Now that campaign staff silly season is in full swing for the 2020 Democrats, we’re going to see lots of stories like this one from Politico highlighting Beto O’Rourke’s new “digital guru” hire. And if you read between the lines, you’ll realize that stories like this one about the lack of SEO strategy for Joe Biden’s website are also about staffing (or lack thereof).
More important than the digital hires you make for your team is how they integrate with the rest of the campaign or organization. When it first came on the scene in the form of websites and “e-blasts” right through to the emergence of social media, “digital” was viewed as a communications responsibility.
But over the intervening decade or so, savvy campaigns have realized they need a “digital” person with a seat at the proverbial table because you have to have someone who thinks about the internet and technology and marketing first thing in the morning and last thing at night.
In the political context, “digital” has become a poorly defined catchall term for a lot of different responsibilities on a campaign or within an organization. For some, “digital” is social media, for others it’s online fundraising or websites or advertising. And this lack of differentiation leads to a lot of confusion.
I describe the role I play in a campaign as making sure everything the campaign does that touches the internet is done as effectively as possible. This focus on optimization of campaign technology allows me to cross silos.
More importantly, it reflects the reality that we’re at the stage now where every role on the campaign is “digital” in the sense that it requires the understanding and use of technology to be done effectively.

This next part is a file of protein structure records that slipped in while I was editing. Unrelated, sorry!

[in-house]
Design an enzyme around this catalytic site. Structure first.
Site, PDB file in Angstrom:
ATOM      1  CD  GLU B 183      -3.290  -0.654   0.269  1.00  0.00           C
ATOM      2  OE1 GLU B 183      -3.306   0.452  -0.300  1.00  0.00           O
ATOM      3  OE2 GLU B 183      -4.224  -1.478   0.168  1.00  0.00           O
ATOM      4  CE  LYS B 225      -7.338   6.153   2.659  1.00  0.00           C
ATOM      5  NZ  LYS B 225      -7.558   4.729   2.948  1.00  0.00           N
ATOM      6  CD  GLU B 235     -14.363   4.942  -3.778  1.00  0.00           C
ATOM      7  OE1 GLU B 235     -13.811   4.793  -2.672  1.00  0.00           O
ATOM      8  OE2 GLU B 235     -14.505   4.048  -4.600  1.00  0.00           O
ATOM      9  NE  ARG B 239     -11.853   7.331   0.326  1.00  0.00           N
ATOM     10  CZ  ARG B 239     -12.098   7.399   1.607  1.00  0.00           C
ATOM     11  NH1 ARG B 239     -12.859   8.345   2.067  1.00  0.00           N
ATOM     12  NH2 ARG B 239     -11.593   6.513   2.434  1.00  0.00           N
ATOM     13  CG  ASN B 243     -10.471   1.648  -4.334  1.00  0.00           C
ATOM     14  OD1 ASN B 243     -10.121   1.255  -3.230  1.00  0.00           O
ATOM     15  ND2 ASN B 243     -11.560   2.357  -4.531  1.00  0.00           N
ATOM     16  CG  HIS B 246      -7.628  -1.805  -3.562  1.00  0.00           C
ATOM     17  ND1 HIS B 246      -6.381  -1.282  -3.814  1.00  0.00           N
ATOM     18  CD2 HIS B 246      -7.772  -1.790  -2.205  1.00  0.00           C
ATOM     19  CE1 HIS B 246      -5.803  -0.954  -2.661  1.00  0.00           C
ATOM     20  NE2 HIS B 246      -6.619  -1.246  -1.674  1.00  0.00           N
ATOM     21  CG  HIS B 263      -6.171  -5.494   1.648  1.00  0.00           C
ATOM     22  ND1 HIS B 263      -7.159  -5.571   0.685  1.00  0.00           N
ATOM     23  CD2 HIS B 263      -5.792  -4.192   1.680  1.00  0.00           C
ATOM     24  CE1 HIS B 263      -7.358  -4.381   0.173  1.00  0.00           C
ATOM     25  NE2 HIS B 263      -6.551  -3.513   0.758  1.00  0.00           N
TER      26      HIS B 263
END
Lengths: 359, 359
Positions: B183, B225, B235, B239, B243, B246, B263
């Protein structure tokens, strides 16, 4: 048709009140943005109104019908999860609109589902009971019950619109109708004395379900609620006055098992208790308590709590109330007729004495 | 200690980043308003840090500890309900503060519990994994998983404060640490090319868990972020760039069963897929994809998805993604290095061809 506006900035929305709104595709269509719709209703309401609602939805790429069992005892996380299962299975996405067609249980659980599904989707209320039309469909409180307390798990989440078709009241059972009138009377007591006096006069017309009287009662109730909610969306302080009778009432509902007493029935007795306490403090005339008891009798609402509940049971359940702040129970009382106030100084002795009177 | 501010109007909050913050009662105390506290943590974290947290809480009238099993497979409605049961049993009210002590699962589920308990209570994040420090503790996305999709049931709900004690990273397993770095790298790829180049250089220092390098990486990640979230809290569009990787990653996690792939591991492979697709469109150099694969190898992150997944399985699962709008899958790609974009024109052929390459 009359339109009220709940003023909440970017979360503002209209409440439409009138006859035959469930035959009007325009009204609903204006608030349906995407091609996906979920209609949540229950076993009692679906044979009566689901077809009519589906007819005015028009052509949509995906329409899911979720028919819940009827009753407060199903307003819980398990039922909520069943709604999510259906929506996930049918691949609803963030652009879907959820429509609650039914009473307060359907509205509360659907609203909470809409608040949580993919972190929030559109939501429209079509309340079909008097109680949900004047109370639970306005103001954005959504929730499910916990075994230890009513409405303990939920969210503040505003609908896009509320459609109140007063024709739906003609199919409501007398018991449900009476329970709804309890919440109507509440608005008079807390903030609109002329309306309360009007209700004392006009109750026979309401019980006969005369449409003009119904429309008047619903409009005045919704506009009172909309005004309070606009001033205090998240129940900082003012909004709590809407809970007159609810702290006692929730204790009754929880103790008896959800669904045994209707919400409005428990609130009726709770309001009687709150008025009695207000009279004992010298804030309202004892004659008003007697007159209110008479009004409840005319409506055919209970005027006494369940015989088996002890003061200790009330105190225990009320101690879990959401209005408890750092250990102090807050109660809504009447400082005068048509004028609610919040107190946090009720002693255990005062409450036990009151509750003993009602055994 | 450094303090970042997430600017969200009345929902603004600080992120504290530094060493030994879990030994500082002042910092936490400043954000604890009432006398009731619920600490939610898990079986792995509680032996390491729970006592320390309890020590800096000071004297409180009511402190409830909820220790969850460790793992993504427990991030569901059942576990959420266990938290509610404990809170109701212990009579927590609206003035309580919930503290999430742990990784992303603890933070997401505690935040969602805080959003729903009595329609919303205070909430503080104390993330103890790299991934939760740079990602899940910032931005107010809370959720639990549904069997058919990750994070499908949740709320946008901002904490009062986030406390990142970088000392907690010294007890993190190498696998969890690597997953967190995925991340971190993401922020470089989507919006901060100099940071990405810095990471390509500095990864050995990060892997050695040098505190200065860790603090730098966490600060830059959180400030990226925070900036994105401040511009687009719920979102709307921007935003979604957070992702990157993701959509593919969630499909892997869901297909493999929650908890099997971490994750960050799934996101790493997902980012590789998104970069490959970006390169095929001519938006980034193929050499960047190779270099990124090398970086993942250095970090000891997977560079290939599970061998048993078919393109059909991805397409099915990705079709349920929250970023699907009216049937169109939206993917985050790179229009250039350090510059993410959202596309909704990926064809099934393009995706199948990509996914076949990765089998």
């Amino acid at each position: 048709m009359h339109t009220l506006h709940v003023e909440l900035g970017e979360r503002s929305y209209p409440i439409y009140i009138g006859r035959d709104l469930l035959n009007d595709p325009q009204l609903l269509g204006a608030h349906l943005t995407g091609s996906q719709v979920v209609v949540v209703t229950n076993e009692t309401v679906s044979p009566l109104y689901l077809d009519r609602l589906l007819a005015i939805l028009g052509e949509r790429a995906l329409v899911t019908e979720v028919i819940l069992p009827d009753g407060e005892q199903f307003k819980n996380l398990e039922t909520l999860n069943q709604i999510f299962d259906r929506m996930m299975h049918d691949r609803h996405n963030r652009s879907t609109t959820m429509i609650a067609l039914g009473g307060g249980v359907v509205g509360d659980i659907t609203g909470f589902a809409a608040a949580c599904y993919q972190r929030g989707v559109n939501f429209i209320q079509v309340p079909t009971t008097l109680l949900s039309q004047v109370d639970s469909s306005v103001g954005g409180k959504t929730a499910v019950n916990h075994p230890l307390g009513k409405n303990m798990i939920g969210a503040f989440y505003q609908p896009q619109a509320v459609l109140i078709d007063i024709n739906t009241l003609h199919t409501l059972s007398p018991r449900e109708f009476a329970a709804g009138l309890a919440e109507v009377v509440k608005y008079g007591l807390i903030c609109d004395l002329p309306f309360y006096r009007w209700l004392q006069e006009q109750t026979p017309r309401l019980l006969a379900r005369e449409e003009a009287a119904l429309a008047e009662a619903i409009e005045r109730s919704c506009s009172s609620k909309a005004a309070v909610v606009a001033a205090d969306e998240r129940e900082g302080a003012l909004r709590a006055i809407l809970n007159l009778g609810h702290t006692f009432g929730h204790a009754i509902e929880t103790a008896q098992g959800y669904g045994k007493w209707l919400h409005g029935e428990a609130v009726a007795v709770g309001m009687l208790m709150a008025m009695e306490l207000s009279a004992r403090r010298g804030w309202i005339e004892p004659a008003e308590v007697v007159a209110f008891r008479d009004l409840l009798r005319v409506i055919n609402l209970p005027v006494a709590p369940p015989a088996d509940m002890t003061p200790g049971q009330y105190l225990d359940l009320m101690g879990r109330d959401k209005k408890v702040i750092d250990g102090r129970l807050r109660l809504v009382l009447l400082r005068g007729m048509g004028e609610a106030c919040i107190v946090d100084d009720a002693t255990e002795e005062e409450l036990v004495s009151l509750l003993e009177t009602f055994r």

On a campaign…
… finance is digital because most of your donations are coming online – even if they’re major donors, you communicate with your donors via email to invite them to fundraisers and answer their questions, and donors are getting their news about the campaign from social media.
… communications are digital because most of the reporters you work with primarily interact with the campaign online, their narratives are driven by social media, and influencers have an outsized role in today’s campaigns.
… political is digital because you’re primarily interacting with your supporters and volunteers online, volunteers’ perceptions of your campaign are shaped by social media, and they’ll shape as many opinions on Facebook as they will at the doors.
And so we need to transition to the point where we not only have digital natives at every senior role in a campaign, but they’re also embracing the new way of campaigning the internet has ushered in.
It’s a completely new style of play adapted to a whole new set of rules.